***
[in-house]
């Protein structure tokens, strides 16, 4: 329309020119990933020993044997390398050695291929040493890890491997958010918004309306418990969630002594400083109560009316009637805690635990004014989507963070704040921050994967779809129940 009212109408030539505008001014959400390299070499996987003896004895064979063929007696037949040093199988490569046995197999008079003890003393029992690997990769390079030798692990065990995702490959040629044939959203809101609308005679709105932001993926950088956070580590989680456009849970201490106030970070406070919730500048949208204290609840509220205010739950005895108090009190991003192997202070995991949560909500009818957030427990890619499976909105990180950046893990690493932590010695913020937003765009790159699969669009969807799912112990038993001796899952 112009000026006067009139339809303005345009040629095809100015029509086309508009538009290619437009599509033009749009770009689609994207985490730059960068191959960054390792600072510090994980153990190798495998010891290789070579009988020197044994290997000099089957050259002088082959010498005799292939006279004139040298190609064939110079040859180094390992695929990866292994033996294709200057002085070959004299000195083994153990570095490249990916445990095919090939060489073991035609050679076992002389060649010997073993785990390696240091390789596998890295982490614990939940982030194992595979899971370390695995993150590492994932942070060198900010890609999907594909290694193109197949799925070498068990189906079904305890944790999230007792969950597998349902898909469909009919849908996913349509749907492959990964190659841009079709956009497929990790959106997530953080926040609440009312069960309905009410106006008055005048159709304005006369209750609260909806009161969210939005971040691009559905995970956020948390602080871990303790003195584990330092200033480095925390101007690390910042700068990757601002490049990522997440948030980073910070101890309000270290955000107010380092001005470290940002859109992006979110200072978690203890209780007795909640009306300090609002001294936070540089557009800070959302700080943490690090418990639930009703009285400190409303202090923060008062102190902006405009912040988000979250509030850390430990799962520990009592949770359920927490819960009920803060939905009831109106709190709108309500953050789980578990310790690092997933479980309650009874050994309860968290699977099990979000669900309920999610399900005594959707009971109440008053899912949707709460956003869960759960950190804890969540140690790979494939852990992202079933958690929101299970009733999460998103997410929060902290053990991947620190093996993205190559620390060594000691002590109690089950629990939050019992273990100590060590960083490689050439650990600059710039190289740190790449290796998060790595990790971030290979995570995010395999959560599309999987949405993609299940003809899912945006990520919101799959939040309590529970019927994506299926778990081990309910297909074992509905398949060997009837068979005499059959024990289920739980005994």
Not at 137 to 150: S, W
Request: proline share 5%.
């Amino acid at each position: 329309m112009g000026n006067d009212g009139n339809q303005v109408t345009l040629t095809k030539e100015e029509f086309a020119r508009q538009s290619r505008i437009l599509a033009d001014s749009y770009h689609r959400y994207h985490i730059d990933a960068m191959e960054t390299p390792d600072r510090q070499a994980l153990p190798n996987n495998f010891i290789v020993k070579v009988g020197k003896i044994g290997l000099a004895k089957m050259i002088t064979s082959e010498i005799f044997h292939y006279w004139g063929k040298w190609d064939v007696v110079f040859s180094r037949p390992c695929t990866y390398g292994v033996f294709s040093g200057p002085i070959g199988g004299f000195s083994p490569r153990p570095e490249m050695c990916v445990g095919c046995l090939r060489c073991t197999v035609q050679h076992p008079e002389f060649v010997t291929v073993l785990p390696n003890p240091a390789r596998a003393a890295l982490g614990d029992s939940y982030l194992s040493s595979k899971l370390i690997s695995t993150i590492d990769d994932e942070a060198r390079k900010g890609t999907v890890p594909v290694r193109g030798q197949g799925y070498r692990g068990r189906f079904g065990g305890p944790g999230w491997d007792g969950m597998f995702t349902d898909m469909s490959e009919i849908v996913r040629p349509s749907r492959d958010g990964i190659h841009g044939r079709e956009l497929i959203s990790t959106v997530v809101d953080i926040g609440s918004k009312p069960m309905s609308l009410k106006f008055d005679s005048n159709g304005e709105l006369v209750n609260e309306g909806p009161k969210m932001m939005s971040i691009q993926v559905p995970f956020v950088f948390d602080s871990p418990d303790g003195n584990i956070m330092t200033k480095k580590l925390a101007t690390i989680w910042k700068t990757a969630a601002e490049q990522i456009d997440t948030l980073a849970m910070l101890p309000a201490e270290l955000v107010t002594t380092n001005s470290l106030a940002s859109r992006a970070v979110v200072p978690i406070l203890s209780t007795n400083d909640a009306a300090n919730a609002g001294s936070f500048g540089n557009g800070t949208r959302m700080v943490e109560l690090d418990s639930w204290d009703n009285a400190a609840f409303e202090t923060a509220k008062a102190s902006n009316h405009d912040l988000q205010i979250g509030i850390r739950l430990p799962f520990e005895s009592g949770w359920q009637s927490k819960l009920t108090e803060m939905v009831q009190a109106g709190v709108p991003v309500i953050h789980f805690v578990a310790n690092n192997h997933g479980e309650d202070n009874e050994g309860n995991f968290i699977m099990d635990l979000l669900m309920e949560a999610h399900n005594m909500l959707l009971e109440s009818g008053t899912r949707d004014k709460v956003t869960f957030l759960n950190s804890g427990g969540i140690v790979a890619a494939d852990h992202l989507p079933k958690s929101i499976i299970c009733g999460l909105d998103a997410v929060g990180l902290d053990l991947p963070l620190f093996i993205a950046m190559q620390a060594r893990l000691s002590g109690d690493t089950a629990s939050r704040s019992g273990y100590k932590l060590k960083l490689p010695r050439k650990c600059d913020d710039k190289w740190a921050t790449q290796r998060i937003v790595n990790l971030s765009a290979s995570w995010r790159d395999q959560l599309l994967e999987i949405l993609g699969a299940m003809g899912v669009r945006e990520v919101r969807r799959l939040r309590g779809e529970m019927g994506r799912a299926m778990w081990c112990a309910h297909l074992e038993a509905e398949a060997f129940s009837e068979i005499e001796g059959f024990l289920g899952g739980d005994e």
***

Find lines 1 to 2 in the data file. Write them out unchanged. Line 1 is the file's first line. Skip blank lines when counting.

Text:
[in-house]
């Protein structure tokens, strides 16, 4: 329309020119990933020993044997390398050695291929040493890890491997958010918004309306418990969630002594400083109560009316009637805690635990004014989507963070704040921050994967779809129940 009212109408030539505008001014959400390299070499996987003896004895064979063929007696037949040093199988490569046995197999008079003890003393029992690997990769390079030798692990065990995702490959040629044939959203809101609308005679709105932001993926950088956070580590989680456009849970201490106030970070406070919730500048949208204290609840509220205010739950005895108090009190991003192997202070995991949560909500009818957030427990890619499976909105990180950046893990690493932590010695913020937003765009790159699969669009969807799912112990038993001796899952 112009000026006067009139339809303005345009040629095809100015029509086309508009538009290619437009599509033009749009770009689609994207985490730059960068191959960054390792600072510090994980153990190798495998010891290789070579009988020197044994290997000099089957050259002088082959010498005799292939006279004139040298190609064939110079040859180094390992695929990866292994033996294709200057002085070959004299000195083994153990570095490249990916445990095919090939060489073991035609050679076992002389060649010997073993785990390696240091390789596998890295982490614990939940982030194992595979899971370390695995993150590492994932942070060198900010890609999907594909290694193109197949799925070498068990189906079904305890944790999230007792969950597998349902898909469909009919849908996913349509749907492959990964190659841009079709956009497929990790959106997530953080926040609440009312069960309905009410106006008055005048159709304005006369209750609260909806009161969210939005971040691009559905995970956020948390602080871990303790003195584990330092200033480095925390101007690390910042700068990757601002490049990522997440948030980073910070101890309000270290955000107010380092001005470290940002859109992006979110200072978690203890209780007795909640009306300090609002001294936070540089557009800070959302700080943490690090418990639930009703009285400190409303202090923060008062102190902006405009912040988000979250509030850390430990799962520990009592949770359920927490819960009920803060939905009831109106709190709108309500953050789980578990310790690092997933479980309650009874050994309860968290699977099990979000669900309920999610399900005594959707009971109440008053899912949707709460956003869960759960950190804890969540140690790979494939852990992202079933958690929101299970009733999460998103997410929060902290053990991947620190093996993205190559620390060594000691002590109690089950629990939050019992273990100590060590960083490689050439650990600059710039190289740190790449290796998060790595990790971030290979995570995010395999959560599309999987949405993609299940003809899912945006990520919101799959939040309590529970019927994506299926778990081990309910297909074992509905398949060997009837068979005499059959024990289920739980005994």